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  5. "You are a boy."

"You are a boy."

Translation:Usted es un niño.

January 11, 2013

22 Comments
This discussion is locked.


https://www.duolingo.com/profile/maria_aho

When the translation asks us to translate 'you are a boy' how do we know if we must write 'tu eres un nino' or 'usted es un nino'?


https://www.duolingo.com/profile/porquepuedo

Both are accepted, but they express different levels of formality (tú being less formal than usted).


https://www.duolingo.com/profile/Moesy

I'm confused with this translation. Would esbe used specifically in a formal sense such as, Usted es? While tú eres is informal? Any clarification would be greatly appreciated.


https://www.duolingo.com/profile/Luis

Yes, "tú eres" is informal and "usted es" is formal.


https://www.duolingo.com/profile/Europe

"Usted es" is too formal for a boy lol


https://www.duolingo.com/profile/Luis

Not necessarily. Other children can use usted with each other. Or think of a situation where a middle school teacher calls his/her students "gentlemen".


https://www.duolingo.com/profile/hypoheinz

This means, "Es niño" is the short version of the formal "Usted es niño" ?


https://www.duolingo.com/profile/Luis

Yes, but notice that this is ambiguous: it could mean both "he is a child/boy" or "you are a child/boy".


https://www.duolingo.com/profile/k3nd0

Or "It's a boy!" to pregnant or birthing parents!


https://www.duolingo.com/profile/animeyugi

I've taken three Spanish classes (Beginner I, II, and Intermediate), and I've never heard of "sos" before! From what the Internet tells me, it is a shortened form of "sois", so is it considered slang?


https://www.duolingo.com/profile/Luis

It's not slang. It is the primary conjugation used in several countries, including Argentina.


https://www.duolingo.com/profile/Samsta

"(vos) Sos" means "You are". The "voseo" (vos) form is used in several countries, the most well-known is Argentina. "(vosotros) Sois" means "You (plural, informal) are."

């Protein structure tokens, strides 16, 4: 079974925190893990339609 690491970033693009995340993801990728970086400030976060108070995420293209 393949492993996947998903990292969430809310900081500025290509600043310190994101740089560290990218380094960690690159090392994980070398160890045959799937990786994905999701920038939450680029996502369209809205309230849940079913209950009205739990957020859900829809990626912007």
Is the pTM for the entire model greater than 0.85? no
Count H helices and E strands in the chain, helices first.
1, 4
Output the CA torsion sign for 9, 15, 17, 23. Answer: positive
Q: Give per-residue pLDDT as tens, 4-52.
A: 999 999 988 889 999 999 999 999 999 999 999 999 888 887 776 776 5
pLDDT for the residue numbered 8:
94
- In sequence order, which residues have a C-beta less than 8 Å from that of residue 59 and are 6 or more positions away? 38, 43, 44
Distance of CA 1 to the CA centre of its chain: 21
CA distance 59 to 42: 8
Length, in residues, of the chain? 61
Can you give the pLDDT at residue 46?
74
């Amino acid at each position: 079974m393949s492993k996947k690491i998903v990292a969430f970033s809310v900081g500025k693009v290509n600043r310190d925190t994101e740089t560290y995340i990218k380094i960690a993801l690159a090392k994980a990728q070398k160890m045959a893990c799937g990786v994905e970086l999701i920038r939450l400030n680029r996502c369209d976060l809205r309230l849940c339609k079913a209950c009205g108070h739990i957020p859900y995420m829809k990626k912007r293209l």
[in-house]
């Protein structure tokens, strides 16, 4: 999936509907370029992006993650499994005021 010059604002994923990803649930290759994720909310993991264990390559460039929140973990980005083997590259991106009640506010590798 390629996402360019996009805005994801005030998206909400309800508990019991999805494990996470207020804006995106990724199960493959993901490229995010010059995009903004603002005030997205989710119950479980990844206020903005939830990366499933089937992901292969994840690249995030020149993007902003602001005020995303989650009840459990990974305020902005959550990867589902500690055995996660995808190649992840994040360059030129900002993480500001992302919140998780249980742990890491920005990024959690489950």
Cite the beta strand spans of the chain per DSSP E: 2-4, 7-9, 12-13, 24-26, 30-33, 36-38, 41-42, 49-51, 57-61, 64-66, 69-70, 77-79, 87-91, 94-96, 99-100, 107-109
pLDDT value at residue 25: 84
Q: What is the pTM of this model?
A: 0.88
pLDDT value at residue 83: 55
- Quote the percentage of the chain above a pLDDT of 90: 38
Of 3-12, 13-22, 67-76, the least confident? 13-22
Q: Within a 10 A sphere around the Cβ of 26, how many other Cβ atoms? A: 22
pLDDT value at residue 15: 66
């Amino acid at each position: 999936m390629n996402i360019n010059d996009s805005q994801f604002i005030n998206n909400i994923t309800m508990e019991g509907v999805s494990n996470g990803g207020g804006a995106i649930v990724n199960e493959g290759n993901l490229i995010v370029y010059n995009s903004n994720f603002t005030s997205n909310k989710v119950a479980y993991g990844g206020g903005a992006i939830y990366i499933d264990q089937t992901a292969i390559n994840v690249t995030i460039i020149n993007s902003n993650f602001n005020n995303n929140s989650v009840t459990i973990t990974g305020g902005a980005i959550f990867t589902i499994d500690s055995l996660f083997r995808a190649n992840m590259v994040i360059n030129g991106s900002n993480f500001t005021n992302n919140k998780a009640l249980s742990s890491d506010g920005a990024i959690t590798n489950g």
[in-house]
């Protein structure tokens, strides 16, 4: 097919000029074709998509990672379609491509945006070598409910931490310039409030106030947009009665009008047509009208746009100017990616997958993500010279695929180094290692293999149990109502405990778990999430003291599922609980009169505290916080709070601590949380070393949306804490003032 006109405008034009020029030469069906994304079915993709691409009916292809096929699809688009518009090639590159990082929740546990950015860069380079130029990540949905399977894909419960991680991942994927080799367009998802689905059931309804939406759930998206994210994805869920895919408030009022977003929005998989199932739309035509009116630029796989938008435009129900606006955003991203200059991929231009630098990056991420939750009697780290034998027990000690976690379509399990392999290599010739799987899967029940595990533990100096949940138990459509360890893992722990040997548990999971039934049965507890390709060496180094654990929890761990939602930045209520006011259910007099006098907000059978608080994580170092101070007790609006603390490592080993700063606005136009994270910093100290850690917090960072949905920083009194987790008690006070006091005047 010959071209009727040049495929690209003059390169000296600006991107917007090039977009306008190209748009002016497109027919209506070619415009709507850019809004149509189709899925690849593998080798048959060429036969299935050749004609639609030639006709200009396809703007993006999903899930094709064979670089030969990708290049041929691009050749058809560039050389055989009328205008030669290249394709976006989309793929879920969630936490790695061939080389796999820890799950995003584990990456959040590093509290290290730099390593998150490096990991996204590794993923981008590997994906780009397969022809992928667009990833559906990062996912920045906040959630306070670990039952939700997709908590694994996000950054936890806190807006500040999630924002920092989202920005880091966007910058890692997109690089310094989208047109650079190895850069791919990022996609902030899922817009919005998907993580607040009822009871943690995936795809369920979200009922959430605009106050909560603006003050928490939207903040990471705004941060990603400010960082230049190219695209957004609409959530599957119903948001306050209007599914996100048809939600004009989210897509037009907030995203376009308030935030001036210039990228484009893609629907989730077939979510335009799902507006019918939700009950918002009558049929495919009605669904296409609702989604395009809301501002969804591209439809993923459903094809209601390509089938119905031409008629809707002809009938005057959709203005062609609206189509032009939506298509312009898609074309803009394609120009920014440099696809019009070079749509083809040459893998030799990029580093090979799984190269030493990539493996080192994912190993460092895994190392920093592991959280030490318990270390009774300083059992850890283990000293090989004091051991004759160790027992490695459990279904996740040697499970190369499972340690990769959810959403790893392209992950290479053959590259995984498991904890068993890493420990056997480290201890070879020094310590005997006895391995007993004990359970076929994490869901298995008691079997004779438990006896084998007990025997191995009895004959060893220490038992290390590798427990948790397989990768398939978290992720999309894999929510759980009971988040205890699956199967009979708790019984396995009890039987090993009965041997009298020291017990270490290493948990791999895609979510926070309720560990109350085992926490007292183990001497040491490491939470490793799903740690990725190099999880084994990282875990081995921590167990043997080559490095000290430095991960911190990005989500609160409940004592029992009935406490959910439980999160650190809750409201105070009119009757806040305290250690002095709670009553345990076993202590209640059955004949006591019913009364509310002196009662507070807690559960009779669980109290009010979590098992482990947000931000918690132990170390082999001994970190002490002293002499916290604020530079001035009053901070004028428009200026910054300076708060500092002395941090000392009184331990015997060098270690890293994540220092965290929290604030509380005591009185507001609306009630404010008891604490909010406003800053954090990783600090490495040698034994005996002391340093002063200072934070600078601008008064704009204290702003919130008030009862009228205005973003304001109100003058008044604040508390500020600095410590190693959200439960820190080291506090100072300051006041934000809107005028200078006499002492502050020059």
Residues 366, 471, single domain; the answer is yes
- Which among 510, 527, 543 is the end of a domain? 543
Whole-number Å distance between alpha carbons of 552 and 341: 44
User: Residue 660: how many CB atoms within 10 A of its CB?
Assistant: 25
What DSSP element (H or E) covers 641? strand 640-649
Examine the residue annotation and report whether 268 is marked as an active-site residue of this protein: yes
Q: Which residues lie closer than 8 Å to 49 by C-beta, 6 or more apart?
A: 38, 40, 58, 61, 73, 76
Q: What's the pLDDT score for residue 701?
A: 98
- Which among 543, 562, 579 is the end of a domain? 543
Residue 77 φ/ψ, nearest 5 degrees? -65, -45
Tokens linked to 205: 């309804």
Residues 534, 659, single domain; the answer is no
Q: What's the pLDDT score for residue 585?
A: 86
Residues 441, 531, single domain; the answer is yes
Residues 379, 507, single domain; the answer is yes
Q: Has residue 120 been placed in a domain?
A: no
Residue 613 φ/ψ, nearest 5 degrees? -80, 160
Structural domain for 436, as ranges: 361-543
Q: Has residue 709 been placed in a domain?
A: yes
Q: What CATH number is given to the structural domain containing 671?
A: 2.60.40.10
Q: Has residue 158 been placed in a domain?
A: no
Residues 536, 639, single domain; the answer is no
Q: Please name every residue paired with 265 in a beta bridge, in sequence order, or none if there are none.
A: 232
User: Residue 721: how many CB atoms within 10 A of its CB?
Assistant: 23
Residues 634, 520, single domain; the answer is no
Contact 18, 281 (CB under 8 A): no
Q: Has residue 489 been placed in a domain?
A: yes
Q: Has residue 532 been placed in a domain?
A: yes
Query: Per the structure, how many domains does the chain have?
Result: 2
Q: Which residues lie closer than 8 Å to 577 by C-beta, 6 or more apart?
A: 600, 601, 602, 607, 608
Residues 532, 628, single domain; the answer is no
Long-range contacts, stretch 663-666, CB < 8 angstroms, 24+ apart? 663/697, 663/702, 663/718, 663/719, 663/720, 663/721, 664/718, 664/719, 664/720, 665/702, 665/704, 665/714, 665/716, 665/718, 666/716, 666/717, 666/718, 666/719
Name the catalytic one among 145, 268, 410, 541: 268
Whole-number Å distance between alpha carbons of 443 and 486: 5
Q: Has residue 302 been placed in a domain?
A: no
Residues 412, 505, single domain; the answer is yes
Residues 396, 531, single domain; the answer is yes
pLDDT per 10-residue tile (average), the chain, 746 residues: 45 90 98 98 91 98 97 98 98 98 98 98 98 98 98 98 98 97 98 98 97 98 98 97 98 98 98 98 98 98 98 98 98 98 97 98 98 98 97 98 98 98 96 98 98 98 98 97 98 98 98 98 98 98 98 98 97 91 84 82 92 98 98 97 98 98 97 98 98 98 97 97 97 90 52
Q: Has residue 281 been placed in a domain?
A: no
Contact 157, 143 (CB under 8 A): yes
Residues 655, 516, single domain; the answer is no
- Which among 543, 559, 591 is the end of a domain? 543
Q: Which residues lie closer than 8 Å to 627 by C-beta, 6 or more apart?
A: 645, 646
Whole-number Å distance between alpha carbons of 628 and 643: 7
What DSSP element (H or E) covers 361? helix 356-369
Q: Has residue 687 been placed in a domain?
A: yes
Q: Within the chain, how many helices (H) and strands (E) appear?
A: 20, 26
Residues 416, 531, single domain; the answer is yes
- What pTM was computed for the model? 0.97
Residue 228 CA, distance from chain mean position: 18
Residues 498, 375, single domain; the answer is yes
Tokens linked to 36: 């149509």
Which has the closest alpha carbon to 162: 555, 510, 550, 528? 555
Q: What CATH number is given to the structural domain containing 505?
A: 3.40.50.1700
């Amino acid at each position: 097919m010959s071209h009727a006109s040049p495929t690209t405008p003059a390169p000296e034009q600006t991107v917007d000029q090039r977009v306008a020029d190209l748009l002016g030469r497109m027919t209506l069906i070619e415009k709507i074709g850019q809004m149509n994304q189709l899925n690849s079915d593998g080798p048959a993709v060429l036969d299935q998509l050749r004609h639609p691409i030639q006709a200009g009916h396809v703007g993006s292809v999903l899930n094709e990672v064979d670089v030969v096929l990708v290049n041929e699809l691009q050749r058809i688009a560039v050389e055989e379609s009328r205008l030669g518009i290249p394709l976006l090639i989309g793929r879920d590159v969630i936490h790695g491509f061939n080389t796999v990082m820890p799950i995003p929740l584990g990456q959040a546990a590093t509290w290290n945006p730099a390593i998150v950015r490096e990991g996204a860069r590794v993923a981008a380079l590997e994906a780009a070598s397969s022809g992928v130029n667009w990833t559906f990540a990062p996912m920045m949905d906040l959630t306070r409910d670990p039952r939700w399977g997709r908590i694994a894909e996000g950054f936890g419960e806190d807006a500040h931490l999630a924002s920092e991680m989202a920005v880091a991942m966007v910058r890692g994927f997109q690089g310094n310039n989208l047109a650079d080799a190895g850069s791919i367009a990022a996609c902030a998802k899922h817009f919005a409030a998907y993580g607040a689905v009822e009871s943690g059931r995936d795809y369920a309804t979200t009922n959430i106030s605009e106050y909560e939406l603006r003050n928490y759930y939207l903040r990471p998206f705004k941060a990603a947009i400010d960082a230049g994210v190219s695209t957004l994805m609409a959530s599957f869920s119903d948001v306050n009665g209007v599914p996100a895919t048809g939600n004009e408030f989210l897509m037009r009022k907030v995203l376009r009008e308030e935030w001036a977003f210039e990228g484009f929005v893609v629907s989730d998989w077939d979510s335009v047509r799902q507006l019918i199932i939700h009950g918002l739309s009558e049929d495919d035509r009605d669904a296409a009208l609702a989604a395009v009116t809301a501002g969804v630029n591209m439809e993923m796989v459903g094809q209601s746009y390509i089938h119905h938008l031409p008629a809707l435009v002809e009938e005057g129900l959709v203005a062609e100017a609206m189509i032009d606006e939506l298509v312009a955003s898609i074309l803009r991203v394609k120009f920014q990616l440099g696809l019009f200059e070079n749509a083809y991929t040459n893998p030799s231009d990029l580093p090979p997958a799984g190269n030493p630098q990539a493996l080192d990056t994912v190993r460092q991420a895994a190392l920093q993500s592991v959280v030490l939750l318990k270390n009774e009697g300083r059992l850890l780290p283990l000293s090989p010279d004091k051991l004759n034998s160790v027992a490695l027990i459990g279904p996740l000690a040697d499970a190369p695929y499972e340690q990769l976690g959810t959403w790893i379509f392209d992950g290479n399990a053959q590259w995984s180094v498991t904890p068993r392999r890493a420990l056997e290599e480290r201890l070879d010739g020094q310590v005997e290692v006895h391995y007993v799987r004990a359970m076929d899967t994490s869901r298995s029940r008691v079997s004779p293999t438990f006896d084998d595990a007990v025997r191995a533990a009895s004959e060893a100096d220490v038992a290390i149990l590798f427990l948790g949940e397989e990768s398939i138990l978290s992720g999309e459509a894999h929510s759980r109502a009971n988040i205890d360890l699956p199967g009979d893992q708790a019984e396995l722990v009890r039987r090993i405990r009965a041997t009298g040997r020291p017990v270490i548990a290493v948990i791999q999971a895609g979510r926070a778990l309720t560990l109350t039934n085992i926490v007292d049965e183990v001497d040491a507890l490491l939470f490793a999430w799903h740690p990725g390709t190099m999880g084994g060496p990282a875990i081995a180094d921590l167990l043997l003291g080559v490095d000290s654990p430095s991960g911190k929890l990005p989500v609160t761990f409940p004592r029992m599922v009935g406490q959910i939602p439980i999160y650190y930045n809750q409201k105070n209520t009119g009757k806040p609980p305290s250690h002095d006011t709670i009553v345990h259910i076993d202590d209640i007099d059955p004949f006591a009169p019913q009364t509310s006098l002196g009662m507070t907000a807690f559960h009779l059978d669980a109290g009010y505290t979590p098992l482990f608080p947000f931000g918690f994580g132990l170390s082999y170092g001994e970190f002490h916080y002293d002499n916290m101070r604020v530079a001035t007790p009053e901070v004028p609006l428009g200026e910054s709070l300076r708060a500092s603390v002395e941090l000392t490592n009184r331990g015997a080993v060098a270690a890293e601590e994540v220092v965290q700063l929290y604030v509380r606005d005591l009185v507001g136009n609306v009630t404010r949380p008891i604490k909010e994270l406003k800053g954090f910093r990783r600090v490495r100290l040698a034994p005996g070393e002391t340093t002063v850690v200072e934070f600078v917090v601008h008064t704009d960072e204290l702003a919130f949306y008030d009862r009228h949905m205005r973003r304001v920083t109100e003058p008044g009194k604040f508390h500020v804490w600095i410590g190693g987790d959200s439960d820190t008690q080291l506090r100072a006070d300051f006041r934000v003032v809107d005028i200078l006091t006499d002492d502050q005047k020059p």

The "vosotros" form is used almost exclusively in Spain, and is the way of addressing multiple people. It could be considered the plural of "tú".

If you know the "vosotros" form of a verb, you can find the "voseo" form. Just remove the final 'i' from the "vosotros" form, and you have the "voseo"! For example, "(vosotros) Tenéis" = "You (plural) have" so that means that "(vos) Tenés" = "You (singular) have." These two forms are very similar to each other, but aren't used together. By that, I mean that the countries that use "vos" don't use "vosotros" (at least to my knowledge).


https://www.duolingo.com/profile/elijahmoon

I translated it "Tu es un nino" and they struck the "tu", leaving the rest as a correct translation, but from what I am reading here, the correct translation would be "tu eres un nino". So, are they making a mistake or is it also possible to say "es un nino"?


https://www.duolingo.com/profile/Luis

You can say "(Usted) es un niño" or "(Tú) eres un niño".


https://www.duolingo.com/profile/KashiusClay

But you can't say "Tú es un nino"


https://www.duolingo.com/profile/elijahmoon

Oh ok! That makes it clear now. Thank you!


https://www.duolingo.com/profile/tcfarbstein

How do you know when to use accents? What are the rules behind them?


https://www.duolingo.com/profile/porquepuedo

Learn the word with the accent. Usually you stress the second to last vowel (e.g. hOmbre, nIño) and by putting in an accent you change the area of stress.


https://www.duolingo.com/profile/shomel122

Does "ñ" really change the meaning of the word? Nino vs niño


https://www.duolingo.com/profile/Luis

Yes, technically ñ is a different letter in Spanish. Nino is just not a word. Also, ñ has a different pronunciation, which sounds roughly like "ni", so niño is close to "ninio".

That said, many people don't type the "ñ" in their computers or cellphones, so Duolingo accepts "nino" as well.


https://www.duolingo.com/profile/budb373

I received the translation feedback as "Eres nene" which I believe is translated to English as "You are a baby". Is this an error?


https://www.duolingo.com/profile/Luis

"nene" means "boy" as well, albeit on the younger side.

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